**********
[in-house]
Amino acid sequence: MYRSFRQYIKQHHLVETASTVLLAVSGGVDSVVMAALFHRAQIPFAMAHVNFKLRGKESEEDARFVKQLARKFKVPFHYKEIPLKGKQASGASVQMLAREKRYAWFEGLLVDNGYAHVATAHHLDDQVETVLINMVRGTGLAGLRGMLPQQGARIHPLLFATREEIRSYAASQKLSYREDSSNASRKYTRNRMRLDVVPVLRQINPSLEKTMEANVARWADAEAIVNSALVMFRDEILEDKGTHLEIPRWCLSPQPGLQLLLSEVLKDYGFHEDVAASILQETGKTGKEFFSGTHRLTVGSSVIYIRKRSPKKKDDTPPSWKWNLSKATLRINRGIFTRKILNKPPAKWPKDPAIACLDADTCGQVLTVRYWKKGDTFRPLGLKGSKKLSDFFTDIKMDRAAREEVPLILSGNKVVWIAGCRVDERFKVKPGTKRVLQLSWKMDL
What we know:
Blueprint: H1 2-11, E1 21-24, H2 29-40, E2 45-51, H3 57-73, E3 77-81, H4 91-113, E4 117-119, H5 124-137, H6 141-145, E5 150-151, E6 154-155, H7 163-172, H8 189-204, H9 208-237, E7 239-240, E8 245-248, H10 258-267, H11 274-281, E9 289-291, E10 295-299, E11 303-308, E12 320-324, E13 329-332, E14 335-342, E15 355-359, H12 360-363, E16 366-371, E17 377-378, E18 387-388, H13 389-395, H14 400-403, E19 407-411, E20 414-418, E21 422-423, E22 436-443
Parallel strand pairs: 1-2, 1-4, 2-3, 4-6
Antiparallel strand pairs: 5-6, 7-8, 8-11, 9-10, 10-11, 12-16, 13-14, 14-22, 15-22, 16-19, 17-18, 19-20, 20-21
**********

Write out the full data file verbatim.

[in-house]
Amino acid sequence: MYRSFRQYIKQHHLVETASTVLLAVSGGVDSVVMAALFHRAQIPFAMAHVNFKLRGKESEEDARFVKQLARKFKVPFHYKEIPLKGKQASGASVQMLAREKRYAWFEGLLVDNGYAHVATAHHLDDQVETVLINMVRGTGLAGLRGMLPQQGARIHPLLFATREEIRSYAASQKLSYREDSSNASRKYTRNRMRLDVVPVLRQINPSLEKTMEANVARWADAEAIVNSALVMFRDEILEDKGTHLEIPRWCLSPQPGLQLLLSEVLKDYGFHEDVAASILQETGKTGKEFFSGTHRLTVGSSVIYIRKRSPKKKDDTPPSWKWNLSKATLRINRGIFTRKILNKPPAKWPKDPAIACLDADTCGQVLTVRYWKKGDTFRPLGLKGSKKLSDFFTDIKMDRAAREEVPLILSGNKVVWIAGCRVDERFKVKPGTKRVLQLSWKMDL
What we know:
Blueprint: H1 2-11, E1 21-24, H2 29-40, E2 45-51, H3 57-73, E3 77-81, H4 91-113, E4 117-119, H5 124-137, H6 141-145, E5 150-151, E6 154-155, H7 163-172, H8 189-204, H9 208-237, E7 239-240, E8 245-248, H10 258-267, H11 274-281, E9 289-291, E10 295-299, E11 303-308, E12 320-324, E13 329-332, E14 335-342, E15 355-359, H12 360-363, E16 366-371, E17 377-378, E18 387-388, H13 389-395, H14 400-403, E19 407-411, E20 414-418, E21 422-423, E22 436-443
Parallel strand pairs: 1-2, 1-4, 2-3, 4-6
Antiparallel strand pairs: 5-6, 7-8, 8-11, 9-10, 10-11, 12-16, 13-14, 14-22, 15-22, 16-19, 17-18, 19-20, 20-21